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(LEAD) S. Korea to propose regular family reunions to N. Korea: official
SEOUL, Sept. 12 (Yonhap) -- South Korea plans to propose regular reunions for families living separately on the divided Korean Peninsula in response to the North's proposal to resume the practice, government officials said Sunday.

   "We have decided to make an offer to hold regular family reunions to the North," said a high-ranking government official.

   He said that Seoul will bring up the issue at a working-level Red Cross meeting, which the North had proposed "at an earliest possible date" to discuss the resumption.

   "A solution for the family reunions is nowhere in sight, if we hold the meeting irregularly," he said, citing that among 120,000 separated family members, 40,000 have already passed away.

   The North's official Korean Central News Agency (KCNA) reported Saturday that the country's Red Cross had sent a message to the South on Friday calling for a fresh round of family reunions to be held at the resort on Mount Kumgang on the east coast around Chuseok, the Korean fall harvest holiday, which falls on Sept. 22 this year.

   No meetings are likely to take place before the Chuseok holiday, however, as such events usually take at least a month to prepare, according to the unification ministry official.

   The offer comes amid hopes for a possible rapprochement in inter-Korean ties.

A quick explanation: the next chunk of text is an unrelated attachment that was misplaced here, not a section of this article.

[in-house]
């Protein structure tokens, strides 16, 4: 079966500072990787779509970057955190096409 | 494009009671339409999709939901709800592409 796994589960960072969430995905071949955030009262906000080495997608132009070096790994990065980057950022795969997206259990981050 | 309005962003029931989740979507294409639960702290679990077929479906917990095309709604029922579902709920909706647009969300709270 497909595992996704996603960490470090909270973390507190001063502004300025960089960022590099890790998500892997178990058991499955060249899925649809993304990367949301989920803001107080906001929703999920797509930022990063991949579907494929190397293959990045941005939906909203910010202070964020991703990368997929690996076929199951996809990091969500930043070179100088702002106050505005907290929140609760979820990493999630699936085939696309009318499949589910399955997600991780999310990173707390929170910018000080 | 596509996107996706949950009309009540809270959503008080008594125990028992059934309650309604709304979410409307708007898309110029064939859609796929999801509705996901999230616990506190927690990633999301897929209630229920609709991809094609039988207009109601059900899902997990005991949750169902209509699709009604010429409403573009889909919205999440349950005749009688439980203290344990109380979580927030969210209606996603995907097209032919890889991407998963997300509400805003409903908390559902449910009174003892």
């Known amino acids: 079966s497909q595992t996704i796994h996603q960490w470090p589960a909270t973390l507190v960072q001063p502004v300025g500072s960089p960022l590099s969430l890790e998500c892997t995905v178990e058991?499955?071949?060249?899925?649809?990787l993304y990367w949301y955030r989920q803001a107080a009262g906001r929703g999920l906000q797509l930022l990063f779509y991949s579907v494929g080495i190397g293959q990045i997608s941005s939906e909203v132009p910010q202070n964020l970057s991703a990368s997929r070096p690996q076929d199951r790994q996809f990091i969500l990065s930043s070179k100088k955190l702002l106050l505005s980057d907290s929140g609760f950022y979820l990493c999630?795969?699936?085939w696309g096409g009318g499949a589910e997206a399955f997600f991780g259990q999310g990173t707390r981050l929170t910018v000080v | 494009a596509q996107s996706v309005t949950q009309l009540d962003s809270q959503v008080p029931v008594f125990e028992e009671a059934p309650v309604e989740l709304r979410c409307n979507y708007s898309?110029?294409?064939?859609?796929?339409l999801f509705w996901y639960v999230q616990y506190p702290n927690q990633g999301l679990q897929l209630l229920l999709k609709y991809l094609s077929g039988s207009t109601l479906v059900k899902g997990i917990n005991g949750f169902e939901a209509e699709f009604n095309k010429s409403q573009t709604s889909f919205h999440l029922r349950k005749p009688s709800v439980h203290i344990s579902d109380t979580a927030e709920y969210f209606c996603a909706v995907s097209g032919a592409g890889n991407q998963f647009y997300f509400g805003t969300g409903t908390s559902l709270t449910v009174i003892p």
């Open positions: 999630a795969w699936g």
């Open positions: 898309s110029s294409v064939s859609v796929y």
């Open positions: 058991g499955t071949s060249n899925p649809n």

The South's Red Cross last week proposed to its North Korean counterpart that it would send 10 billion won (US$8.6 million) in flood aid that excludes rice. In response, the North's Red Cross requested that the staple be sent along with cement and excavators.

   "South Korea's Red Cross will send a message later this week to its North Korean counterpart to discuss the family reunion and Pyongyang's recent request to send rice and construction equipment in flood aid," said the high-ranking official.

   "Relief supplies, including food, daily necessities and medicines, which the Red Cross originally planned to provide to the North, and rice and cement will be also sent," said the official. "But heavy equipment will not be included.

   "Flood aid and family reunions are separate issues. We are going to send 10 billion won in flood aid," he said. "If the North raises no objection, our government will begin the process to provide relief supplies."

   Inter-Korean relations have come to a virtual standstill after the sinking of the Cheonan, a South Korean warship, near their western sea border in March. A Seoul-led multinational investigation team concluded two months later that the North downed the 1,200-ton patrol ship in a torpedo attack.

   The reunions began following the historic first inter-Korean summit in 2000. More than 127,000 people in the South have since signed up for the reunions, though nearly a third of them have died of old age. About one in 800 is selected.

   Around 16,000 people have been reunited through face-to-face reunions so far. Some 600,000 South Koreans are believed to have family in the North.